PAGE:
Some of the classrooms have rather thin-longish dimensions, ill-suited for lessons of any kind. The students' wooden tables and chairs are locally manufactured and of very poor quality. Often bits of the furniture break off, leaving dangerously sharp edges and protruding nails which cut into clothes and skin.

Despite its many faults, more and more uninformed parents send their children to K.I.S. In the past school year (2010-11), well over six-hundred children were enrolled. That’s an increase of more than a hundred compared to the previous year. In order to maximize profit a three- and a two-story building were recently added, cutting down the recess play area significantly. Students go to and from their classes using open, balcony-like walkways with poorly secured steel railings. Fortunately, nobody has fallen down yet, but books and other objects do occasional plunge onto students standing below. Furthermore, the three-story building housing around 150 students has only a single set of staircases. Should a fire breakout on or near these then fatalities are unavoidable. More buildings on the same grounds are to be constructed.

STUDENT ISSUES

The fact that more and more students are compacted into an increasingly smaller space has lead to a higher risk of student injuries. But for quite some time now there’s been no qualified nurse employed. Instead the injured are mended by the office staff or ferried to a local hospital. With increasing student numbers, these incidents are becoming more frequent and serious. Additionally the student density has a negative effect on the pupils’ personal-social well-being. Gangs and bullying are on the rise.

Also alarming is the fact that students and teachers have no choice but to share the same toilets. It goes without saying, that this opens the door to all kinds of sexual harassment and/or malicious accusations. Many of the cubicles have open ceilings and students have been caught taking picture with their phones of the children in neighboring toilets. This problem has repeatedly been brought to the management’s attention by foreign staff members, to the effect that the single cubicles now have teacher/student and male/female signs. These are generally ignored by the students.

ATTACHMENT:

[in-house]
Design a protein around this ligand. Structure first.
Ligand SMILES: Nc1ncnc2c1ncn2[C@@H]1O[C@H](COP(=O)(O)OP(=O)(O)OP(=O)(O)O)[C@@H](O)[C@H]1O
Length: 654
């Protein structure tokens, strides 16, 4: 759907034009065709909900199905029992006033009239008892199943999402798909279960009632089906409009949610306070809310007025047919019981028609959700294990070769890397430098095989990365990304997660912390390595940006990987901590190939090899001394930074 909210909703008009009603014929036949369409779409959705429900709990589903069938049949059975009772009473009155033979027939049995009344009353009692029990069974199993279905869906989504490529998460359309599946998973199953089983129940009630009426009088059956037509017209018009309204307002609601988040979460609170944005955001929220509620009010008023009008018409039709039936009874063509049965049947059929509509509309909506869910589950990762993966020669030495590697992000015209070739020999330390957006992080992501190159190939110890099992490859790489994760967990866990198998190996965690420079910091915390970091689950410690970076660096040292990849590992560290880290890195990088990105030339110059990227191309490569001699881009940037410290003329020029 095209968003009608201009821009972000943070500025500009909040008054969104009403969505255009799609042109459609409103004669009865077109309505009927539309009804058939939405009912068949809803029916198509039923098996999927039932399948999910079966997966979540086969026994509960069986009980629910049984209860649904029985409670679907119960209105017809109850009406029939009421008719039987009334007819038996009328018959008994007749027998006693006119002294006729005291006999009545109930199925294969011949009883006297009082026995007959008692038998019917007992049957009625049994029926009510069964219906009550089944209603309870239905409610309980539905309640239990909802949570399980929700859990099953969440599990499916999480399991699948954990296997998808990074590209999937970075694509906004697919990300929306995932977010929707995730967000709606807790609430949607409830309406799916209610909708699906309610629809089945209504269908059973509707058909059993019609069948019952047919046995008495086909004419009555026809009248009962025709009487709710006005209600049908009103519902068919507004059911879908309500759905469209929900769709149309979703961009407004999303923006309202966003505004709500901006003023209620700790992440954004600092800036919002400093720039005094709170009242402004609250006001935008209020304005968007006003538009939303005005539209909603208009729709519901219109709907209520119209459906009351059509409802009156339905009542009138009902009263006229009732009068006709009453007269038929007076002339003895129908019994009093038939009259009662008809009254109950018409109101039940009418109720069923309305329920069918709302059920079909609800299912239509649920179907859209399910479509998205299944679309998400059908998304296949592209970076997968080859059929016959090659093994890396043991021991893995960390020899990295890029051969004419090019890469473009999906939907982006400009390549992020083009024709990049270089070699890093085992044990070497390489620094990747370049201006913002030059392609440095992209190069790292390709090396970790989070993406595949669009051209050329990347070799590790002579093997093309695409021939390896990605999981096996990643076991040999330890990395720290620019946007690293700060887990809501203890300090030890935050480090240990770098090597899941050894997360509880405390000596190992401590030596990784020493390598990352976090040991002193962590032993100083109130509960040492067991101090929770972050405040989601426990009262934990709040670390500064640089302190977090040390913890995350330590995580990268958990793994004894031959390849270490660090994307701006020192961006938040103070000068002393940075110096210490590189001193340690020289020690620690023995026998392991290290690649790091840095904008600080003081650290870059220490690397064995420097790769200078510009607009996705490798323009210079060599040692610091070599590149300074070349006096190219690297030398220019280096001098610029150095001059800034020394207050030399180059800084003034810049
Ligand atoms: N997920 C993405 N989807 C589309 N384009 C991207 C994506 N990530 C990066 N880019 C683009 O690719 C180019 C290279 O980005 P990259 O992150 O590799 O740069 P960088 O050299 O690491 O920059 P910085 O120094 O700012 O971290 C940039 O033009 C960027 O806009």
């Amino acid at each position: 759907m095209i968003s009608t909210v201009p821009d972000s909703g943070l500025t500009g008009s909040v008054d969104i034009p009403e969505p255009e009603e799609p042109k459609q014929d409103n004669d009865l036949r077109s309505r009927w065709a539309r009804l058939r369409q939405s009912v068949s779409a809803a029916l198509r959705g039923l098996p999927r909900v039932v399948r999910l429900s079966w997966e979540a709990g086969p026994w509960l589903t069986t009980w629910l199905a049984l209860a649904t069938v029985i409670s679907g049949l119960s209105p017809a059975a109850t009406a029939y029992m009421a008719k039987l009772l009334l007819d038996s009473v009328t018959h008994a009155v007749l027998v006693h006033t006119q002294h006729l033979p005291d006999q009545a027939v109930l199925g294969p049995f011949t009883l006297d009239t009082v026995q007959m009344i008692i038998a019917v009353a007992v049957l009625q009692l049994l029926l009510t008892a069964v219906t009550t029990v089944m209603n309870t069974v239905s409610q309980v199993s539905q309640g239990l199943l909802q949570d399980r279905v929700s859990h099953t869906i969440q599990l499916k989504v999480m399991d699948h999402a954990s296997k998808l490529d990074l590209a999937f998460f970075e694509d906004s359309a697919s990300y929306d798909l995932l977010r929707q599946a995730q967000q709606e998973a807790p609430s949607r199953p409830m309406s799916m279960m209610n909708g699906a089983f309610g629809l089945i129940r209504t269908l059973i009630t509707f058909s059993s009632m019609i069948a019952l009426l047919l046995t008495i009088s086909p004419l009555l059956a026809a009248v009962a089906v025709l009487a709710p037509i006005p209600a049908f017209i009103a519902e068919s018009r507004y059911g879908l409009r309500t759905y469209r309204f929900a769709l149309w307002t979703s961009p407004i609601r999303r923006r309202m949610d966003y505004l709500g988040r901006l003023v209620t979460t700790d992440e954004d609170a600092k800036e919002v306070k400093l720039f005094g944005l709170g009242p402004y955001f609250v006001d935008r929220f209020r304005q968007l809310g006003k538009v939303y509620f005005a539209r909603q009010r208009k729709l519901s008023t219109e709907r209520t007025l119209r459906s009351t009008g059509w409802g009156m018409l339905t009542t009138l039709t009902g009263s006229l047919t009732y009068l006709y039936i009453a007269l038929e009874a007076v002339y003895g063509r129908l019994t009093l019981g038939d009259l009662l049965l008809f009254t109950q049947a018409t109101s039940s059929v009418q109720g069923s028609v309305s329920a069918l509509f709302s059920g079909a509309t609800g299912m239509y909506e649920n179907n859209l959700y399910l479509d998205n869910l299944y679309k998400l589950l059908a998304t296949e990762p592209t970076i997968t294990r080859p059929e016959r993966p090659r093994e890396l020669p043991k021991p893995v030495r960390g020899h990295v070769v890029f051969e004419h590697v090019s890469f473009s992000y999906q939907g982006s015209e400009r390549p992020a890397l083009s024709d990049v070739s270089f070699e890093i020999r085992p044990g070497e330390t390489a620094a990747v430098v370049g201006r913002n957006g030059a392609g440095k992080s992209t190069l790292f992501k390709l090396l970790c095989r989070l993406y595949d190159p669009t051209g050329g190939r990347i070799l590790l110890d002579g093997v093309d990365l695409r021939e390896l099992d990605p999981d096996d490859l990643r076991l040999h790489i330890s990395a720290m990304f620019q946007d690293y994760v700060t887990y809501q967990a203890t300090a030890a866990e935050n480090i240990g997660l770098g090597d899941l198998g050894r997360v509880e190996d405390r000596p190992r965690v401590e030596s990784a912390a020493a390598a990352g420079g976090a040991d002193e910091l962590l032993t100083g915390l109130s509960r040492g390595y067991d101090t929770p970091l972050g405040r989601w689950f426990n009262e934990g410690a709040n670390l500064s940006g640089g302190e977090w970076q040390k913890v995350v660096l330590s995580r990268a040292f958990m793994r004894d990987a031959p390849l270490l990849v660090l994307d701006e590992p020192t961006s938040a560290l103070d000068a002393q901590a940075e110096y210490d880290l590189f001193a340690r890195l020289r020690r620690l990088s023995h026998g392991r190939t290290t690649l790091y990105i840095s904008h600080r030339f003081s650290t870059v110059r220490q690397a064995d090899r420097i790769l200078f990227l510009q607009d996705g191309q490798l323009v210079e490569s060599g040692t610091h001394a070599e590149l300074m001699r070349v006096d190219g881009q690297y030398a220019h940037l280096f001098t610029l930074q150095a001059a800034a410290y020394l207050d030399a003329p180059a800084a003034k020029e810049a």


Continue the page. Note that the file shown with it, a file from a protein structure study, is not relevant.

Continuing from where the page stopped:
Suspicious students have been singled out for drug testing. Of these, a few where found to be positive. But not all drug users were immediately expelled, as is the school's policy. Foreign staff members have noticed that especially students from families, who have more than one child enrolled, are often treated with more lenience by the management. Also students from more prestigious family backgrounds seem to be favored. In addition, it is standard management practice to promote students who have failed throughout the school year.

TEACHER-MANAGEMENT RELATIONSHIP

The situation for the foreign staff members is dire. Many have difficulties making ends meet. The starting monthly salary is round about $1000. Even though tuition fees have increased significantly over the last few years, this has not been reflected in staff wages. A mere payment rise of $50 was granted two or three years ago which doesn’t even make up for the ongoing Dollar-Kip depreciation. At the same time, housing- as well as all other day-to-day living costs have risen due to local inflation. On the other hand, the school management boasts with lavish spending for unnecessary luxuries, such as exorbitantly priced office furniture, huge private estates and sports cars. Foreign teachers’ opinions, suggestions and especially constructive criticism are generally not welcomed by the management. Staff has been fired as a result of speaking up about issues. Additionally, teachers are given no incentives to develop themselves professionally. Moreover, the manager has a rather blunt sense of discretion. Intimate matters concerning foreign staff and parents are tactlessly passed on to other unconcerned parties.